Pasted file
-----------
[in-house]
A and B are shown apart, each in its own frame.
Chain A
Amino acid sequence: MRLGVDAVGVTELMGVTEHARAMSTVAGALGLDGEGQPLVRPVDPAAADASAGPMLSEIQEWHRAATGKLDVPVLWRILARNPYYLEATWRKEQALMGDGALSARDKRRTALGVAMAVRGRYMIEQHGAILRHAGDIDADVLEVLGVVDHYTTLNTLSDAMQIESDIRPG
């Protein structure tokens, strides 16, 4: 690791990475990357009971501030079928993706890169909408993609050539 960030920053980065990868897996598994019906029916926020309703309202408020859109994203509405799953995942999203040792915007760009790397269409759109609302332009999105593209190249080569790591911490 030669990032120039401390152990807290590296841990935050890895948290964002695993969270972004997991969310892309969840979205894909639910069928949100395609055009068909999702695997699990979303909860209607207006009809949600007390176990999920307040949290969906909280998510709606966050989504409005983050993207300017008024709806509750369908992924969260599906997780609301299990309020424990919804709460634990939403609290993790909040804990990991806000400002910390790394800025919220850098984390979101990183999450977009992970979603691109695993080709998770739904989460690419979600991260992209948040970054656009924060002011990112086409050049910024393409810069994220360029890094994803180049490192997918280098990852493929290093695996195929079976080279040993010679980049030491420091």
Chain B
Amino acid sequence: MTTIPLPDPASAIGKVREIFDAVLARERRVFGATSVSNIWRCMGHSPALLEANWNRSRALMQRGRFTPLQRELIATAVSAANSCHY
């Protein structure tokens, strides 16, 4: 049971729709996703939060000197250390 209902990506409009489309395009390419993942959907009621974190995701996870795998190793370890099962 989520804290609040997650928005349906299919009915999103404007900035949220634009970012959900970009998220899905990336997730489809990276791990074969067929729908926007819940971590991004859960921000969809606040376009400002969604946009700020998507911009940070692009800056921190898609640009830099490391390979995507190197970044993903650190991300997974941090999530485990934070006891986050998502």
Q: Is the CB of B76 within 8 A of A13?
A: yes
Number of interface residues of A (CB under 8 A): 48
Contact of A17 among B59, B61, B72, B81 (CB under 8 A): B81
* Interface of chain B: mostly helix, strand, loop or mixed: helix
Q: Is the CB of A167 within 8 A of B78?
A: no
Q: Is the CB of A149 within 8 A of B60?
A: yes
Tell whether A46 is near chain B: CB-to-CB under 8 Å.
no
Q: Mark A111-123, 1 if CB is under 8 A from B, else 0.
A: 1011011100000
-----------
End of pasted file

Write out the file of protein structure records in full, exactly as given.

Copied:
[in-house]
A and B are shown apart, each in its own frame.
Chain A
Amino acid sequence: MRLGVDAVGVTELMGVTEHARAMSTVAGALGLDGEGQPLVRPVDPAAADASAGPMLSEIQEWHRAATGKLDVPVLWRILARNPYYLEATWRKEQALMGDGALSARDKRRTALGVAMAVRGRYMIEQHGAILRHAGDIDADVLEVLGVVDHYTTLNTLSDAMQIESDIRPG
């Protein structure tokens, strides 16, 4: 690791990475990357009971501030079928993706890169909408993609050539 960030920053980065990868897996598994019906029916926020309703309202408020859109994203509405799953995942999203040792915007760009790397269409759109609302332009999105593209190249080569790591911490 030669990032120039401390152990807290590296841990935050890895948290964002695993969270972004997991969310892309969840979205894909639910069928949100395609055009068909999702695997699990979303909860209607207006009809949600007390176990999920307040949290969906909280998510709606966050989504409005983050993207300017008024709806509750369908992924969260599906997780609301299990309020424990919804709460634990939403609290993790909040804990990991806000400002910390790394800025919220850098984390979101990183999450977009992970979603691109695993080709998770739904989460690419979600991260992209948040970054656009924060002011990112086409050049910024393409810069994220360029890094994803180049490192997918280098990852493929290093695996195929079976080279040993010679980049030491420091």
Chain B
Amino acid sequence: MTTIPLPDPASAIGKVREIFDAVLARERRVFGATSVSNIWRCMGHSPALLEANWNRSRALMQRGRFTPLQRELIATAVSAANSCHY
């Protein structure tokens, strides 16, 4: 049971729709996703939060000197250390 209902990506409009489309395009390419993942959907009621974190995701996870795998190793370890099962 989520804290609040997650928005349906299919009915999103404007900035949220634009970012959900970009998220899905990336997730489809990276791990074969067929729908926007819940971590991004859960921000969809606040376009400002969604946009700020998507911009940070692009800056921190898609640009830099490391390979995507190197970044993903650190991300997974941090999530485990934070006891986050998502």
Q: Is the CB of B76 within 8 A of A13?
A: yes
Number of interface residues of A (CB under 8 A): 48
Contact of A17 among B59, B61, B72, B81 (CB under 8 A): B81
* Interface of chain B: mostly helix, strand, loop or mixed: helix
Q: Is the CB of A167 within 8 A of B78?
A: no
Q: Is the CB of A149 within 8 A of B60?
A: yes
Tell whether A46 is near chain B: CB-to-CB under 8 Å.
no
Q: Mark A111-123, 1 if CB is under 8 A from B, else 0.
A: 1011011100000